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About Kidney Stones

About Kidney Stones

Dehydration and other conditions can lead to the formation of tiny stones in your kidneys. These deposits may consist of calcium, salt or other substances that accumulate in your urine. They vary in size from tiny sand-like deposits to larger stones. Kidney stones can cause intense pain and complications when they travel through or become stuck in the narrow urinary tract tubes that connect the kidney to the bladder.

The urologists at Spartanburg Regional Healthcare System will diagnose the source of related pain and other symptoms. Treatments can range from medication to ease the pain of passing smaller deposits, to minimally invasive procedures that dissolve larger stones.

Causes of Kidney Stones  

Causes of symptoms and types of kidney stones vary widely depending on your health, dietary habits, inherited traits and other factors. Contributing causes may include:

  • Mineral imbalances due to diet or metabolic disorders
  • Certain medications and supplements
  • Crohn’s disease, ulcerative colitis and other bowel conditions  
  • Dehydration and low or infrequent urine flow
  • Family history of kidney stones 
  • Obesity and related health complications
  • Poor nutrition, especially diets high in salt and protein 
  • High blood levels of oxalate – an organic compound in leafy greens and other foods – that can bind to calcium

Kidney Stone Symptoms

Small deposits sometimes pass during urination with little or no pain. If you have larger kidney stones, or stones that get stuck in the urinary tract, you may experience:

  • Sharp pain in your back or side that won’t go away
  • Bloody, cloudy or foul-smelling urine  
  • Burning sensation while urinating
  • Fever and chills
  • Nausea and vomiting

Diagnosing Kidney Stones

Your doctor will choose diagnostic testing based on your condition, health history and symptoms. Evaluation may include these and other tests:

  • Urine tests – The doctor may ask you to collect urine samples to check for high concentrations of certain minerals. The urologist will also check for signs of other imbalances and disorders.
  • Imaging – Urologists may use ultrasound, CT scans and other imaging tests to locate and identify types of urinary tract stones or conditions. This could include intravenous pyelogram (IVP) – a type of X-ray that provides a detailed view of the kidneys, bladder and ureters.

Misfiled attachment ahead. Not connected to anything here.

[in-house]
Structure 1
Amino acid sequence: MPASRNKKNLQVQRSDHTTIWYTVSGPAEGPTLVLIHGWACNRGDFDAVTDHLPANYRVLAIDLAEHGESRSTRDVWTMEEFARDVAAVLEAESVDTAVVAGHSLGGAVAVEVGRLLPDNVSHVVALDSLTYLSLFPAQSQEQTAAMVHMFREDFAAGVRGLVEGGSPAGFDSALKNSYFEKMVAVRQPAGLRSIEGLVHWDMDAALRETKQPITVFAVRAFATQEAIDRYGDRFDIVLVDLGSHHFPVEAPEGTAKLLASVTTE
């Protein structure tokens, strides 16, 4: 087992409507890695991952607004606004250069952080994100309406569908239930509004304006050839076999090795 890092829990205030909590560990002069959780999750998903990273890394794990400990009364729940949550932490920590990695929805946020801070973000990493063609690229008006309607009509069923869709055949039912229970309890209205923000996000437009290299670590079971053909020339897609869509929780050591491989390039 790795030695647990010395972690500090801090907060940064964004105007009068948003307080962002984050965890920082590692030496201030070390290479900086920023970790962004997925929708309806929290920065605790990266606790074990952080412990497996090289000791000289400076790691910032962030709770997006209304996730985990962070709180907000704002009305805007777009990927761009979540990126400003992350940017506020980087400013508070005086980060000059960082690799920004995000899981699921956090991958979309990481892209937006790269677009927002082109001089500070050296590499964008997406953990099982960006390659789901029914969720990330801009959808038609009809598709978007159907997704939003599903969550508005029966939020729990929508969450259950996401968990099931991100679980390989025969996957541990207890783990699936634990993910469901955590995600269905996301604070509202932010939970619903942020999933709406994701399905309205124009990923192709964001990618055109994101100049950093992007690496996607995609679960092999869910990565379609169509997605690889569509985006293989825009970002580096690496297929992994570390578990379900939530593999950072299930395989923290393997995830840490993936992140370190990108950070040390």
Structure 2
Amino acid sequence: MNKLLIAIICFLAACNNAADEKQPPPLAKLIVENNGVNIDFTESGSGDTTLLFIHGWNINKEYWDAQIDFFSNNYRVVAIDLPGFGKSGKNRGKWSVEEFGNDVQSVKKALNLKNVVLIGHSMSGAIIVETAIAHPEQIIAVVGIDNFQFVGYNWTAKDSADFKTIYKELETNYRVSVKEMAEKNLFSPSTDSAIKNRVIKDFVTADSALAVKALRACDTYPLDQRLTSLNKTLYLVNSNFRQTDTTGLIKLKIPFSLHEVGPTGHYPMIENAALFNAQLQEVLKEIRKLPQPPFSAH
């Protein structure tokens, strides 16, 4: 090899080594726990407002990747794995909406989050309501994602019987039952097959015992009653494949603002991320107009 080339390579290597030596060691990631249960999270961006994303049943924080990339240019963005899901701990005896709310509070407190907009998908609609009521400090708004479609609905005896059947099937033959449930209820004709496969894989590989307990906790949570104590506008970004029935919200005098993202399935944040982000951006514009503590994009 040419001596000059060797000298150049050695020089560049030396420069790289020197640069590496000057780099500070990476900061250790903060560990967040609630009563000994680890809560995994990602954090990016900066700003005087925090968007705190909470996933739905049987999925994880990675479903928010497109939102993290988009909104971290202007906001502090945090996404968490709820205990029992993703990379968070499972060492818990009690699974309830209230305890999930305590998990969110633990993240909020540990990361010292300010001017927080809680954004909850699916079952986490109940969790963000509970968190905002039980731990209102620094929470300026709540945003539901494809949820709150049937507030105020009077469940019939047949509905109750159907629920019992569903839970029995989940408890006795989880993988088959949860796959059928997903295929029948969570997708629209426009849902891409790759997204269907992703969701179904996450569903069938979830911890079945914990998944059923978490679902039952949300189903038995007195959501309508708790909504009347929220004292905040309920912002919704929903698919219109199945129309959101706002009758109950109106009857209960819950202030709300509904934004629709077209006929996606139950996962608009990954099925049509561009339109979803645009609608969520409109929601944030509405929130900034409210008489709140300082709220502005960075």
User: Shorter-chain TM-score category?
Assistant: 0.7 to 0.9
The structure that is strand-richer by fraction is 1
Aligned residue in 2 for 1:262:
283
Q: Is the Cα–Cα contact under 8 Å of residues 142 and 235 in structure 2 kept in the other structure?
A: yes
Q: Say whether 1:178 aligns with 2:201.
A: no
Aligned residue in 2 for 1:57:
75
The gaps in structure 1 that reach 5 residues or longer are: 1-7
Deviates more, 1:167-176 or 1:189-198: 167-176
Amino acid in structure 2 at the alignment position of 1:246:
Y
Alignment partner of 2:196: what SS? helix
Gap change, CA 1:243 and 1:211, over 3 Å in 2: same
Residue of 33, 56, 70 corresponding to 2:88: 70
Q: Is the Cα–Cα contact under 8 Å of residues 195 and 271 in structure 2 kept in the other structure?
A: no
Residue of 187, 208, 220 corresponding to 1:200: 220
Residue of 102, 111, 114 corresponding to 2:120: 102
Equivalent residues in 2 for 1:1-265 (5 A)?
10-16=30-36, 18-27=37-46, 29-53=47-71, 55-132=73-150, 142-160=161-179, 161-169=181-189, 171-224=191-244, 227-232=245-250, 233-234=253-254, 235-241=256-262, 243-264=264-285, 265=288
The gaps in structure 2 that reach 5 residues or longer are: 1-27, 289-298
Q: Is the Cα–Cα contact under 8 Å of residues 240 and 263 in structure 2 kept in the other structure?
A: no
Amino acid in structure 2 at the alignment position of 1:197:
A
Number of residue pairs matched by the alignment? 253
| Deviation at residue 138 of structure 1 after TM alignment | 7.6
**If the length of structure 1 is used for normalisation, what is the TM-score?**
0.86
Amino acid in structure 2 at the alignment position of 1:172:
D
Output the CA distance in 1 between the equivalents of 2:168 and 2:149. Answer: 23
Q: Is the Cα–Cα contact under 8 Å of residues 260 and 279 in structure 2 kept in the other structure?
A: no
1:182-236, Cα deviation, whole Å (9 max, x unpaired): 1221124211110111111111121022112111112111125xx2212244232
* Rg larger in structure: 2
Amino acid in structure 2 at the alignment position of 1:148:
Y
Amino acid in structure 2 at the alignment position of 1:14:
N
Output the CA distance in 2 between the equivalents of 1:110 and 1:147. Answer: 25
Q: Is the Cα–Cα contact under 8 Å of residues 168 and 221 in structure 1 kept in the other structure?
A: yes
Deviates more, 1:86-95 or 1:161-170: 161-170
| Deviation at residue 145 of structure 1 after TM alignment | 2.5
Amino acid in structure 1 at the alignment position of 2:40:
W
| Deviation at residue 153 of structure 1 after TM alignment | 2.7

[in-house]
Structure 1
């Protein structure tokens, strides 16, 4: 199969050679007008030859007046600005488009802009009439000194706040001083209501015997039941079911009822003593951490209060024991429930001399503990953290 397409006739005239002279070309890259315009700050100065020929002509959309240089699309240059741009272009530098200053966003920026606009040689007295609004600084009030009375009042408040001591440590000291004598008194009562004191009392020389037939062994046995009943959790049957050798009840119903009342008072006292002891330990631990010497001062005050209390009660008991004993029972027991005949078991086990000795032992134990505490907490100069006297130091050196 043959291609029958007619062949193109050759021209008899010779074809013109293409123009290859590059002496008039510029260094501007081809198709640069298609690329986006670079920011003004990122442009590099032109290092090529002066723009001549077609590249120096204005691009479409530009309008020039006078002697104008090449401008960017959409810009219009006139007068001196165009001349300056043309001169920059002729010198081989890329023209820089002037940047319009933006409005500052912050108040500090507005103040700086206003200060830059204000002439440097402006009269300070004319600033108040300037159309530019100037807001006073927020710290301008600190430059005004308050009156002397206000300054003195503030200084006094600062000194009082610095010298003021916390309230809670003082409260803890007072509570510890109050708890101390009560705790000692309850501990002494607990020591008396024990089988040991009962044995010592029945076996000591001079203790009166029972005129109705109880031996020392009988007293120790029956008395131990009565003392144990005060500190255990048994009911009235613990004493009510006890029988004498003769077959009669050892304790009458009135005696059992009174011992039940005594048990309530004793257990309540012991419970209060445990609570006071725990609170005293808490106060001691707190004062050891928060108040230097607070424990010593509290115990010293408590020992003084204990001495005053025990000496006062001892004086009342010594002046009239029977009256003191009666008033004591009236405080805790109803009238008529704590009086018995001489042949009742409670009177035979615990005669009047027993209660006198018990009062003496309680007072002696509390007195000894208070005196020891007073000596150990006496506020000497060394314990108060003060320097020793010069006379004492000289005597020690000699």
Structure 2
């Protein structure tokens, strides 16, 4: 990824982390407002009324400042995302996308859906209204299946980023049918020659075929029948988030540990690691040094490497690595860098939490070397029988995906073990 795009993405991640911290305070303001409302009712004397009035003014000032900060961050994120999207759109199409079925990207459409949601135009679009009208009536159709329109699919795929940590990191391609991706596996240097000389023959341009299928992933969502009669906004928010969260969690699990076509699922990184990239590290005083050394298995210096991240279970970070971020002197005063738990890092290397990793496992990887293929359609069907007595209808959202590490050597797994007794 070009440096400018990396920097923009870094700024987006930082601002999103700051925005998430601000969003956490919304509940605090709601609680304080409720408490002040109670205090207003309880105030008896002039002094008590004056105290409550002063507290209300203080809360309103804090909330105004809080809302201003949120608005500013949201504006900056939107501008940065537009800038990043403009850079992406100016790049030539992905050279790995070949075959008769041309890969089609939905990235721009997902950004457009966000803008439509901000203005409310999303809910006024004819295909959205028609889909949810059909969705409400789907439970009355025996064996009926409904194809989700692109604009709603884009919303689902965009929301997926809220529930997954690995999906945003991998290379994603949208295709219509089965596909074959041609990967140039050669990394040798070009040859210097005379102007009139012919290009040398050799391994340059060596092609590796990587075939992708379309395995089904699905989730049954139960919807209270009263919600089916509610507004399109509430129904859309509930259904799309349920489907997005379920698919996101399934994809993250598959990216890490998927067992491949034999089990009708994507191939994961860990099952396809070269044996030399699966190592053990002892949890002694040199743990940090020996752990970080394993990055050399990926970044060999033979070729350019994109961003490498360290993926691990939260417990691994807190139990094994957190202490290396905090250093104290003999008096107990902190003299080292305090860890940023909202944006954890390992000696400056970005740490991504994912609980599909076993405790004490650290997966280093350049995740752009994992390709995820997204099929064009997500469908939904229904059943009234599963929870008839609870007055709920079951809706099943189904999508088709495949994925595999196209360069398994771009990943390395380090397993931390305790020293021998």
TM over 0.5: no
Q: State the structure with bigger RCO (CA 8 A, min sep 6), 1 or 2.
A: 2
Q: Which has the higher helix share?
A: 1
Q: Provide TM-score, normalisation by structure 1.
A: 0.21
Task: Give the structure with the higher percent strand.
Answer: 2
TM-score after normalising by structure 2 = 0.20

• Lab analysis – Our onsite testing facilities include a pathology lab for analysis of kidney stones which helps determine their content and guides treatment decisions. 
  • Blood tests – Results can show levels of calcium, uric acid and other measures of kidney health. Your urologist will also check for signs of other medical conditions. 

Kidney Stone Treatment

Your urologist will discuss diagnostic findings and treatment options. In some instances, small kidney stones will pass if you drink plenty of fluids. Your doctor may recommend over the counter or prescription medication to relieve any discomfort. 

Larger stones can cause severe pain, bleeding, infection and kidney damage. Your urologist may discuss:

  • Extracorporeal Shock Wave Lithotripsy (ESWL) – Extracorporeal (outside of the body) lithotripsy uses sound waves to break up stones so they can pass out of the body during urination.  
  • Laser surgery for kidney stones – This minimally invasive treatment uses laser energy, guided by a small, flexible telescope, to find and dissolve stones.
  • Percutaneous Nephrolithonomy (PCNL) - A minimally invasive two-step treatment method of removing kidney and ureteral stones that are too large, too numerous, or too dense to be treated with other treatment modalities. 
  • Robotic surgery – For certain complex conditions, your doctor may recommend more major surgery with the assistance of the robot. 
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